Re: [Venezuela] More violence as only the military keeps Maduro in power

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Subject: Re: [Venezuela] More violence as only the military keeps Maduro in power
From: pl.nospam@pandora.be (PL)
Newsgroups: dictator.america
Organization: Aioe.org NNTP Server
Date: Jul 17 2017 12:37:41
On 7/17/2017 3:10 AM, NewsBeanie wrote:

Adiós to Venezuelan democracy
Nicolás Maduro prepares a “caricature of a caricature” of Cuba
Print edition | The Americas
Jun 29th 2017

Constitutions, like diamonds, are supposed to last. But that is not the view of Nicolás Maduro, a former bus driver chosen by a dying Chávez to replace him as president in 2013. He has ordered a new constituent assembly, to be chosen on July 30th. Everything about the process is different from 1999. In violation of Chávez’s constitution, it has been called by presidential decree rather than by referendum.

Mr Maduro says its purpose is to defeat the opposition’s “fascism”. Yet it will be chosen under a system that might have been devised by Mussolini. Each of the 340 municipalities will elect one assembly member, regardless of size (only state capitals will get two), meaning the opposition-supporting cities are under-represented. A further 181 members will be chosen from communal and occupational groups controlled by the regime.

Mr Maduro wants the assembly because he can no longer stay in power democratically. Low oil prices and mismanagement have exacted a heavy toll. Food and medicines are scarce; diseases long curbed, such as diphtheria and malaria, are killing once more. The opposition won a big majority in a legislative election in 2015. Since then Mr Maduro has ruled by decree and through the puppet supreme court. In almost daily opposition protests since April, 75 people have been killed, many shot by the National Guard or pro-regime armed gangs.

Mr Maduro’s lurch to dictatorship has opened cracks in his political base. Luisa Ortega, the attorney-general and long a chavista, has become an outspoken critic. The constituent assembly will “complete the definitive dismantling of democracy”, she told a Peruvian newspaper this week. Its apparent purpose is to turn Venezuela into a dictatorship along Cuban lines. Already Mr Maduro has instituted a Cuban-style rationing system with food parcels delivered by the armed forces. The assembly, officials say, will assume sovereign power—and sack Ms Ortega.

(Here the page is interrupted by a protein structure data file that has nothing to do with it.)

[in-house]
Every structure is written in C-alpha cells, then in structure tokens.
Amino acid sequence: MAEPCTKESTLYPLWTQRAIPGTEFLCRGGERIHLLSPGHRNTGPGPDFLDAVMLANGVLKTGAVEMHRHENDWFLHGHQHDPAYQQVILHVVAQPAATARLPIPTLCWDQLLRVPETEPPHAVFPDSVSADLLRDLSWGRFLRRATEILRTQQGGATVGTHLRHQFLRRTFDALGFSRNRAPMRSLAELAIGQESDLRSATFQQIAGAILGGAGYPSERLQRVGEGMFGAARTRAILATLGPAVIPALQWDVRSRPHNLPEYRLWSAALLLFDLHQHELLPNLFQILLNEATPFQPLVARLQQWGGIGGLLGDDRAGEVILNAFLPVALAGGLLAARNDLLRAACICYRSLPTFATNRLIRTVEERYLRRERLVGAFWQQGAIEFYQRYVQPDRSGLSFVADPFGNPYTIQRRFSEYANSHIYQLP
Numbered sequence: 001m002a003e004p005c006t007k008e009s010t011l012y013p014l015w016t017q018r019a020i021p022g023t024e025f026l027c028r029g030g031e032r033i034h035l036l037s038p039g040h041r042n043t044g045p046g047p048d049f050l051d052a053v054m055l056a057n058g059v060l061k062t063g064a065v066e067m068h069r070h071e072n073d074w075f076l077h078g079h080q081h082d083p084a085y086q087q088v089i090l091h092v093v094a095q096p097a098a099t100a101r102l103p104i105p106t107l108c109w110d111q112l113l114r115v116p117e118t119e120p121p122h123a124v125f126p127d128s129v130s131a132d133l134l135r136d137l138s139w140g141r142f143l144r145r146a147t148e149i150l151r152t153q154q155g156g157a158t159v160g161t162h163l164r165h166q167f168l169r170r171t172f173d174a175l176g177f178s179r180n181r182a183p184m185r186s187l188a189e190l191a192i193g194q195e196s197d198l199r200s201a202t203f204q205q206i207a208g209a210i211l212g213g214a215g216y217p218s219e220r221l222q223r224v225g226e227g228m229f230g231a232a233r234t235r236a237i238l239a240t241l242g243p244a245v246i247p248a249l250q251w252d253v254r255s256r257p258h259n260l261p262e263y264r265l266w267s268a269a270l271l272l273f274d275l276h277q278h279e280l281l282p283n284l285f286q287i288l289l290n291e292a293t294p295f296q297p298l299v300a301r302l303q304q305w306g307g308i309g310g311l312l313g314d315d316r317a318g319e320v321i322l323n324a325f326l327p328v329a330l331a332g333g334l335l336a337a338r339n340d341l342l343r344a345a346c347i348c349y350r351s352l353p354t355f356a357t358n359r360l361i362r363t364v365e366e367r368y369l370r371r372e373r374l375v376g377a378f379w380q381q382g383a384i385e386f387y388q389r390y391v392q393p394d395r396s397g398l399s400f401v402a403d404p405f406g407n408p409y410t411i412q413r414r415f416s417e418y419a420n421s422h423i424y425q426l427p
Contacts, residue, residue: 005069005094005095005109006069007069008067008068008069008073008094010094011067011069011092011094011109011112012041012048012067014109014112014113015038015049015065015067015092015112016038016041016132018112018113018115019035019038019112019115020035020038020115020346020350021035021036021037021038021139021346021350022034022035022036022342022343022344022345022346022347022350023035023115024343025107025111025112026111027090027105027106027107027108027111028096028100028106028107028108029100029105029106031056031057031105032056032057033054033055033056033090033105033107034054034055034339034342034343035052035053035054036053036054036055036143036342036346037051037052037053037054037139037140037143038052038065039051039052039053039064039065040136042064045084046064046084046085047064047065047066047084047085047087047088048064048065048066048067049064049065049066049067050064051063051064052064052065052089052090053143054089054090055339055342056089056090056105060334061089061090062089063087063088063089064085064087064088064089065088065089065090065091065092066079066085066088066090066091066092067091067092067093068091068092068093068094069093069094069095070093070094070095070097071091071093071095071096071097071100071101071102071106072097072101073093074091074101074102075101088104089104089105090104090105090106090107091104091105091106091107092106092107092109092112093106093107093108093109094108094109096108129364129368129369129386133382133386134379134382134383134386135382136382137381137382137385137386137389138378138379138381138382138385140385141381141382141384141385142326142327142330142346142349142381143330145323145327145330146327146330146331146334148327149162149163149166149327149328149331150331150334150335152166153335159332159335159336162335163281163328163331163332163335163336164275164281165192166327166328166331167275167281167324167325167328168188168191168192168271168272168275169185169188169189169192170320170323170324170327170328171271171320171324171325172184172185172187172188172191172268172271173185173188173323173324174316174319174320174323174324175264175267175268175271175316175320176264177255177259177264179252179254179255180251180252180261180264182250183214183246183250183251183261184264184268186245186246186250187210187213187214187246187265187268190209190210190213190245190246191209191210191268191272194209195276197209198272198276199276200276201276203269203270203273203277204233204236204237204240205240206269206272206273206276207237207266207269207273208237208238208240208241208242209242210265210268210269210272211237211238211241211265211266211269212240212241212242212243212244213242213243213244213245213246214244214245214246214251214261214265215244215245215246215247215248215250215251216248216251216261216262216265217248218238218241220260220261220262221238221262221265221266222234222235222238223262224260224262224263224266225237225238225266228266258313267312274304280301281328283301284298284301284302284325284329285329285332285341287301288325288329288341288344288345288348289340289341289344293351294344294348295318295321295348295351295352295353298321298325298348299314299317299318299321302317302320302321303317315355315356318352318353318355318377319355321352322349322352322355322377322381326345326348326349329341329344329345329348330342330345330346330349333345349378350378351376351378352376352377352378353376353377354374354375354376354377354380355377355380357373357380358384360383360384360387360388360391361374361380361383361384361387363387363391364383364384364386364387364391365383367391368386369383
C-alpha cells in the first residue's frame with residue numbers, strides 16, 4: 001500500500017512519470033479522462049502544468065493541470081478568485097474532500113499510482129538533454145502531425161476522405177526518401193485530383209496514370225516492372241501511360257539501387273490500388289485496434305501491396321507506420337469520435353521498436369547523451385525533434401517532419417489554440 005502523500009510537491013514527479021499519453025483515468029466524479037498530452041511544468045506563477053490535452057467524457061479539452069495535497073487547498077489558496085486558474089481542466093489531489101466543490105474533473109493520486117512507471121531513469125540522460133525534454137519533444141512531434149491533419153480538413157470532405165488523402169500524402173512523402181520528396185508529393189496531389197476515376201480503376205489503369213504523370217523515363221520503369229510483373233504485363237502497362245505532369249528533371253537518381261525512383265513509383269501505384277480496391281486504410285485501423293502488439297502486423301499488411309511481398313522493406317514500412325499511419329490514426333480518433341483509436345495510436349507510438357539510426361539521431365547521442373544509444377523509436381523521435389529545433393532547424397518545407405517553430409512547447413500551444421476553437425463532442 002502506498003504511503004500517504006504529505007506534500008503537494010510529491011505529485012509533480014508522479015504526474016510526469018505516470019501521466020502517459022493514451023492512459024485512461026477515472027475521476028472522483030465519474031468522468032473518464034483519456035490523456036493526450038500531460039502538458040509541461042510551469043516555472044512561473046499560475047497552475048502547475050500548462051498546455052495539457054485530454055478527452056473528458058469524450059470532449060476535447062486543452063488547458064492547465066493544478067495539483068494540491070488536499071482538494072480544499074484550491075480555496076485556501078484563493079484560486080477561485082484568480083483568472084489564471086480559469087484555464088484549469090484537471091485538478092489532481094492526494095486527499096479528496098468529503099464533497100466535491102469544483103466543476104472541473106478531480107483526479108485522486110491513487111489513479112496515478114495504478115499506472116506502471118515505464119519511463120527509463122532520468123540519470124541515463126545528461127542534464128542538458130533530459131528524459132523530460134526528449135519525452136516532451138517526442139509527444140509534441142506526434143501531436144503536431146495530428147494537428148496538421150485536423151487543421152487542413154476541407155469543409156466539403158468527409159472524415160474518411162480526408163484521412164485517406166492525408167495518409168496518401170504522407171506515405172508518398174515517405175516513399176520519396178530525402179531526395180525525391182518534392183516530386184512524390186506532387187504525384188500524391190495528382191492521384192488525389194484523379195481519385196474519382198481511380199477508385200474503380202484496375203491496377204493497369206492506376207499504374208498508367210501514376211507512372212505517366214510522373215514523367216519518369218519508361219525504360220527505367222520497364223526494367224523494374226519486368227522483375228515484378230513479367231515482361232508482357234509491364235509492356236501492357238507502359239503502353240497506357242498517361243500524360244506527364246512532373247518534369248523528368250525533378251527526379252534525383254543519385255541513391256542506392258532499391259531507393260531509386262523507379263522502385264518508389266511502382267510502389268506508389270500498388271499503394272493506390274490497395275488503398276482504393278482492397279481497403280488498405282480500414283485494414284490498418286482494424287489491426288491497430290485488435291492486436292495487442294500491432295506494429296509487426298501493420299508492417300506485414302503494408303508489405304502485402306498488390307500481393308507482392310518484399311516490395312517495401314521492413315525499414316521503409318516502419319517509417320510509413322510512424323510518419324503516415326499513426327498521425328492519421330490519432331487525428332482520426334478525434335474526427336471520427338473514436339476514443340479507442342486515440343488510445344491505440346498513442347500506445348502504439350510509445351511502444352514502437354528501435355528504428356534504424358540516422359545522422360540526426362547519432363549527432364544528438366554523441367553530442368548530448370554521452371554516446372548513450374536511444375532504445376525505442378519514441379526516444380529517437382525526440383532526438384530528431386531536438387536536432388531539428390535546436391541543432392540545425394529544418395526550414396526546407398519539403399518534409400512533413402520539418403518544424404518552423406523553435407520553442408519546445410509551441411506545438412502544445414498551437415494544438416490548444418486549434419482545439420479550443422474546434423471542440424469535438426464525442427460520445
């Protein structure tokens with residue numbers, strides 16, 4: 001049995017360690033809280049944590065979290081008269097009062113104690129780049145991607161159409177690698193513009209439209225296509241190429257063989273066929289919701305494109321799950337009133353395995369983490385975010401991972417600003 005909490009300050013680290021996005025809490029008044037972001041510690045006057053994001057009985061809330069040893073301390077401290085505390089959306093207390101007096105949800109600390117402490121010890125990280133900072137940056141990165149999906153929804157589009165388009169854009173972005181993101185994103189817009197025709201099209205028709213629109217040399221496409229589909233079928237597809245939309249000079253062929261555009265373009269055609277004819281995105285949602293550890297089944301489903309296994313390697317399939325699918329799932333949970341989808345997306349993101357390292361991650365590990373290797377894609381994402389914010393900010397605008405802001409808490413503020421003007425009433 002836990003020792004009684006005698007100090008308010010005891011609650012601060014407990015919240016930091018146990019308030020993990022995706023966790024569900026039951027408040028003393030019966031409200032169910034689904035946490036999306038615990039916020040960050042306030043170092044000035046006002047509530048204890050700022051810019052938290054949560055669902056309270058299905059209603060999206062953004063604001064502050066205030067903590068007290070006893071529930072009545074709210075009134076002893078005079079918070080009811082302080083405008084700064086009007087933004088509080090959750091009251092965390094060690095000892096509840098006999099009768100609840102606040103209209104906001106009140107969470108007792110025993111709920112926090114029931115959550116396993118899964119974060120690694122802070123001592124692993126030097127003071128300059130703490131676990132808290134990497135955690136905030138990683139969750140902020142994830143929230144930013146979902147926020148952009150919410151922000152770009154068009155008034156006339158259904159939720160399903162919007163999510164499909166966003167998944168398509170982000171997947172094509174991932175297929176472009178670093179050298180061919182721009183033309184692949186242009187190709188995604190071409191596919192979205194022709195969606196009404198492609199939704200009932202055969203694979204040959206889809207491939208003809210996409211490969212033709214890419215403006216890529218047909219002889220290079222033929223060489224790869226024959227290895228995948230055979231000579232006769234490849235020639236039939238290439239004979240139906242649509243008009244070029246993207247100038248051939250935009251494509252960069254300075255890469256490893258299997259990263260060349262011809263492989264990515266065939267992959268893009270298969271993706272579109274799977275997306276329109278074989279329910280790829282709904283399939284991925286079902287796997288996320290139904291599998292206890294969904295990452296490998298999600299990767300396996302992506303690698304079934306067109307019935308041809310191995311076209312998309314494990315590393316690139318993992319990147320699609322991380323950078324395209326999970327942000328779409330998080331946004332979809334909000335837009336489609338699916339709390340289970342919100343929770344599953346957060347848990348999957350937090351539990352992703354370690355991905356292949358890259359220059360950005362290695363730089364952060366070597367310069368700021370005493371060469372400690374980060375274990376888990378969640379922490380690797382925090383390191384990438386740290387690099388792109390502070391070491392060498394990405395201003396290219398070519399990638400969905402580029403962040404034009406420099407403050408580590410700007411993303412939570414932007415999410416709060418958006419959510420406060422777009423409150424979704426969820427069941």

A last opportunity to apply diplomatic pressure failed last month at a meeting of foreign ministers of the Organisation of American States, held in Cancún. The Mexican hosts thought they had more than the 23 votes needed (out of 34) to condemn Venezuela. They got only 20, as Mr Maduro’s diplomats won over wavering Caribbean mini-states with threats to cut off cheap oil. The outcome, says a Latin American diplomat, depended on how much pressure the United States was prepared to put on the Caribbean. Not enough: Rex Tillerson, the secretary of state, stayed away to deal with Qatar. Though Venezuela is more isolated than ever in its region, Mr Maduro could claim a kind of victory.

Even had the motion passed, it might have changed little. The only potential obstacles to Mr Maduro’s gambit are on his own side. Many chavistas oppose the constituent assembly. “Democratic chavismo is significant in terms of popular sentiment,” says David Smilde, a Venezuela specialist at Tulane University. “But it’s completely disorganised.” Although there have been intermittent protests in chavista areas of Caracas, usually over food shortages, the opposition has failed to link up with dissidents from the regime in a truly national protest movement.
The armed forces, which sustain Mr Maduro in power, have wavered but not bent—so far, at least. Several retired generals who were close to Chávez have criticised the idea of a new assembly. At least 14 junior officers have been arrested since the protests began. On June 20th the president stripped the defence minister, General Vladimiro Padrino, of the powerful post of the operational commander of the armed forces. To some analysts, this looked like an expression of mistrust.